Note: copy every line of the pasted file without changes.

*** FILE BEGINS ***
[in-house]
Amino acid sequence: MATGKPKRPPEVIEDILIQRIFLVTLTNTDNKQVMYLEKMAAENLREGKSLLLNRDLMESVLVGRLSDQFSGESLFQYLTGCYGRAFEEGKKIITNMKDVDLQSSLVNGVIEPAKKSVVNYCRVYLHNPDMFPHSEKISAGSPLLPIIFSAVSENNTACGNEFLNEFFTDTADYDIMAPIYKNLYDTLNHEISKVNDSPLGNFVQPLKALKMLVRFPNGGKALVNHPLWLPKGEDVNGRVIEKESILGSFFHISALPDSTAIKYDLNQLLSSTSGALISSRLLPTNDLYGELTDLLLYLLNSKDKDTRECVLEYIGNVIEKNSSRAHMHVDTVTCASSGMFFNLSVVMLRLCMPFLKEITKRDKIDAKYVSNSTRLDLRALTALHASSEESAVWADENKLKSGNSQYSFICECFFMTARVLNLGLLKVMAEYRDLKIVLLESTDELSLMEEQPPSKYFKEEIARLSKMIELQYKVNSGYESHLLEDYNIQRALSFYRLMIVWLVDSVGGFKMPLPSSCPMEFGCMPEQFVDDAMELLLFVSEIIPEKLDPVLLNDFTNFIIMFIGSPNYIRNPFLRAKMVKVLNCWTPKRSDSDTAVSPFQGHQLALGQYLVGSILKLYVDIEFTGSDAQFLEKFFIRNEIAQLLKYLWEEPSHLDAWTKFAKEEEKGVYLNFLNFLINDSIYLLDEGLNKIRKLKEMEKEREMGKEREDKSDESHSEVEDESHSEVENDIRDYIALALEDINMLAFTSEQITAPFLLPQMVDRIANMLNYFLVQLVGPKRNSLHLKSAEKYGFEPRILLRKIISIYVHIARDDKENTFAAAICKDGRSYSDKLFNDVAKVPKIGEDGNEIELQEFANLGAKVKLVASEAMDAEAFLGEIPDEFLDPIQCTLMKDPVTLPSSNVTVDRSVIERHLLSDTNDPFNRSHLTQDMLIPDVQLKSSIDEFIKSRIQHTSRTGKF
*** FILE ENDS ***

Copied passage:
[in-house]
Amino acid sequence: MATGKPKRPPEVIEDILIQRIFLVTLTNTDNKQVMYLEKMAAENLREGKSLLLNRDLMESVLVGRLSDQFSGESLFQYLTGCYGRAFEEGKKIITNMKDVDLQSSLVNGVIEPAKKSVVNYCRVYLHNPDMFPHSEKISAGSPLLPIIFSAVSENNTACGNEFLNEFFTDTADYDIMAPIYKNLYDTLNHEISKVNDSPLGNFVQPLKALKMLVRFPNGGKALVNHPLWLPKGEDVNGRVIEKESILGSFFHISALPDSTAIKYDLNQLLSSTSGALISSRLLPTNDLYGELTDLLLYLLNSKDKDTRECVLEYIGNVIEKNSSRAHMHVDTVTCASSGMFFNLSVVMLRLCMPFLKEITKRDKIDAKYVSNSTRLDLRALTALHASSEESAVWADENKLKSGNSQYSFICECFFMTARVLNLGLLKVMAEYRDLKIVLLESTDELSLMEEQPPSKYFKEEIARLSKMIELQYKVNSGYESHLLEDYNIQRALSFYRLMIVWLVDSVGGFKMPLPSSCPMEFGCMPEQFVDDAMELLLFVSEIIPEKLDPVLLNDFTNFIIMFIGSPNYIRNPFLRAKMVKVLNCWTPKRSDSDTAVSPFQGHQLALGQYLVGSILKLYVDIEFTGSDAQFLEKFFIRNEIAQLLKYLWEEPSHLDAWTKFAKEEEKGVYLNFLNFLINDSIYLLDEGLNKIRKLKEMEKEREMGKEREDKSDESHSEVEDESHSEVENDIRDYIALALEDINMLAFTSEQITAPFLLPQMVDRIANMLNYFLVQLVGPKRNSLHLKSAEKYGFEPRILLRKIISIYVHIARDDKENTFAAAICKDGRSYSDKLFNDVAKVPKIGEDGNEIELQEFANLGAKVKLVASEAMDAEAFLGEIPDEFLDPIQCTLMKDPVTLPSSNVTVDRSVIERHLLSDTNDPFNRSHLTQDMLIPDVQLKSSIDEFIKSRIQHTSRTGKF